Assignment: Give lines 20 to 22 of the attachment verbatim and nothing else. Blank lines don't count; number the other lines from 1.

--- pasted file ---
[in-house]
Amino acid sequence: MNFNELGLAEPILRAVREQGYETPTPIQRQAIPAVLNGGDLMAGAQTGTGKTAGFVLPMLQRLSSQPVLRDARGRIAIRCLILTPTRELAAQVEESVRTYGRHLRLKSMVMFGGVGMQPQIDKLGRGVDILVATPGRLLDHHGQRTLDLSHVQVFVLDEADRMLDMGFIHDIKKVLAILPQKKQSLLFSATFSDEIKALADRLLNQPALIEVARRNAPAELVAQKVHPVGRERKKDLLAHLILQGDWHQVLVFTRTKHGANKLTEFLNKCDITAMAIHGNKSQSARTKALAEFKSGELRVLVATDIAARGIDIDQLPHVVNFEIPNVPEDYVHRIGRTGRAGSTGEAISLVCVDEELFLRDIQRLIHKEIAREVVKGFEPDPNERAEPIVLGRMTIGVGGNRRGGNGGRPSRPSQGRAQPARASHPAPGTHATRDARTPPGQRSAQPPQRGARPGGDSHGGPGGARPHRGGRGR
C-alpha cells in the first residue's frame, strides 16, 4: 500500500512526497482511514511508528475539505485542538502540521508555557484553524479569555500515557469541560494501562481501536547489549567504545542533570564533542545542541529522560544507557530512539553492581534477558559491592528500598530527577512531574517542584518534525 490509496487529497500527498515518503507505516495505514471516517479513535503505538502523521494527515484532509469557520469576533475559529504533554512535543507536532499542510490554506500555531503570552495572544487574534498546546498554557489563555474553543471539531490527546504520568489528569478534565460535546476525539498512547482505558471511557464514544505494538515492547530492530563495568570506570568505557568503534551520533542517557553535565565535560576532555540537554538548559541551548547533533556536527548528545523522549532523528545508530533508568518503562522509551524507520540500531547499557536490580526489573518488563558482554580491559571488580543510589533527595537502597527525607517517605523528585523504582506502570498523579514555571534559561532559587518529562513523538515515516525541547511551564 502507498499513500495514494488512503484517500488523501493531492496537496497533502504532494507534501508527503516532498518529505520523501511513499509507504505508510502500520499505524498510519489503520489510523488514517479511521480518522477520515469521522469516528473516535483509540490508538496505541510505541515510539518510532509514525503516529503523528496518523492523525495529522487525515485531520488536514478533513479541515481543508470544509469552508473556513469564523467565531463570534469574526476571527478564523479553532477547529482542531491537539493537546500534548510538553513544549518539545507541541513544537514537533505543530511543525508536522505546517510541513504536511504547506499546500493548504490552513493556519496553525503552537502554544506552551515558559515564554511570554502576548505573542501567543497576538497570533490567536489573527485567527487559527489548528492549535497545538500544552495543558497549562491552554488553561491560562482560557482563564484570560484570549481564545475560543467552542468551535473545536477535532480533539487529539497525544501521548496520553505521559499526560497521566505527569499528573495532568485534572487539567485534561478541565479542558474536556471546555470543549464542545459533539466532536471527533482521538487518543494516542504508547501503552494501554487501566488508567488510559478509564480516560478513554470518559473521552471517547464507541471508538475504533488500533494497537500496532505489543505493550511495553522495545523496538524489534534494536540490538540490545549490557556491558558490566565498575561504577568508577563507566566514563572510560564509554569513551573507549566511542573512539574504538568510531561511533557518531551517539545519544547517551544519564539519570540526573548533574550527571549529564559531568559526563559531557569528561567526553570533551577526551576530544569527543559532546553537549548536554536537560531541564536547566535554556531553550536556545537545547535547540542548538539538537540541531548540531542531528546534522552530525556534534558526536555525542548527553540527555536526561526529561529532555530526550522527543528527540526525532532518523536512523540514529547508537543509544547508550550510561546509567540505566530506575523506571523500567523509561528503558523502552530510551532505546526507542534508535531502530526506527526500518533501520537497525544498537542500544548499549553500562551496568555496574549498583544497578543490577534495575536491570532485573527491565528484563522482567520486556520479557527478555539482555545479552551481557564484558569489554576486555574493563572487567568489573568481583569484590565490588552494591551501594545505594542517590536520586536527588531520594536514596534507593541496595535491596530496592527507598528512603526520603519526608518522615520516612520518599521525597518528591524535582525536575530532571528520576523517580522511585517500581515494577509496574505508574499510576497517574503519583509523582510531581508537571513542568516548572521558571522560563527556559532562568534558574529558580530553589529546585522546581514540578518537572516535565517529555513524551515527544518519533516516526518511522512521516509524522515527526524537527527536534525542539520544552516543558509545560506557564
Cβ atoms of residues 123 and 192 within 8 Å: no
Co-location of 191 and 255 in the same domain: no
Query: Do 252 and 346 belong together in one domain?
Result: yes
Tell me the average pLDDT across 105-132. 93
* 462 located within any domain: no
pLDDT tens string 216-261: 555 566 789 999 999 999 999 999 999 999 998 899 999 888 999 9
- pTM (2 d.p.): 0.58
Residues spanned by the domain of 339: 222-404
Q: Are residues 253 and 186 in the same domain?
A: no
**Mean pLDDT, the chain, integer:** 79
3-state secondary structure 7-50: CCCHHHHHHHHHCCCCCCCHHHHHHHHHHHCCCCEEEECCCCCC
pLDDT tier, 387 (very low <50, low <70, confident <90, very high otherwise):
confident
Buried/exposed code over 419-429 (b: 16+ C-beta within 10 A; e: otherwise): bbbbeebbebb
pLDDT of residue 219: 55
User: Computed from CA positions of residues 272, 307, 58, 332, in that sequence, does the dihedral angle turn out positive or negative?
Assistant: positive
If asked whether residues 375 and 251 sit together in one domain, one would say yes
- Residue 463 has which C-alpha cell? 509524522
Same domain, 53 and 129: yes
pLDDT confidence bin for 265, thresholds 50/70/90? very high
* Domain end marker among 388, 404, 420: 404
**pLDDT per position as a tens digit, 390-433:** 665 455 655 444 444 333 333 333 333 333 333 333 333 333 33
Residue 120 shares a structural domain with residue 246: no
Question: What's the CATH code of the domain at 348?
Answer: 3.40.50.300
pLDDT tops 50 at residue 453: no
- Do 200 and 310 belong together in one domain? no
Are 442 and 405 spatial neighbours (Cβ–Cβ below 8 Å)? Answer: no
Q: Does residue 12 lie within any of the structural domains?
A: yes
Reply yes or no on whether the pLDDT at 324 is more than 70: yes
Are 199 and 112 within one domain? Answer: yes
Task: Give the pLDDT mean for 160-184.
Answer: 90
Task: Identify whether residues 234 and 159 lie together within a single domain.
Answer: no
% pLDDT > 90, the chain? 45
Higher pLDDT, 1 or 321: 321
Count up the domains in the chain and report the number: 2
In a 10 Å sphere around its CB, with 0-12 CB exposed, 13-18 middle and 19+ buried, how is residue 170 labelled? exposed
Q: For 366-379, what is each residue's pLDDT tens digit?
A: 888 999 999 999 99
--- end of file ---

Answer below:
pLDDT of residue 219: 55
User: Computed from CA positions of residues 272, 307, 58, 332, in that sequence, does the dihedral angle turn out positive or negative?
Assistant: positive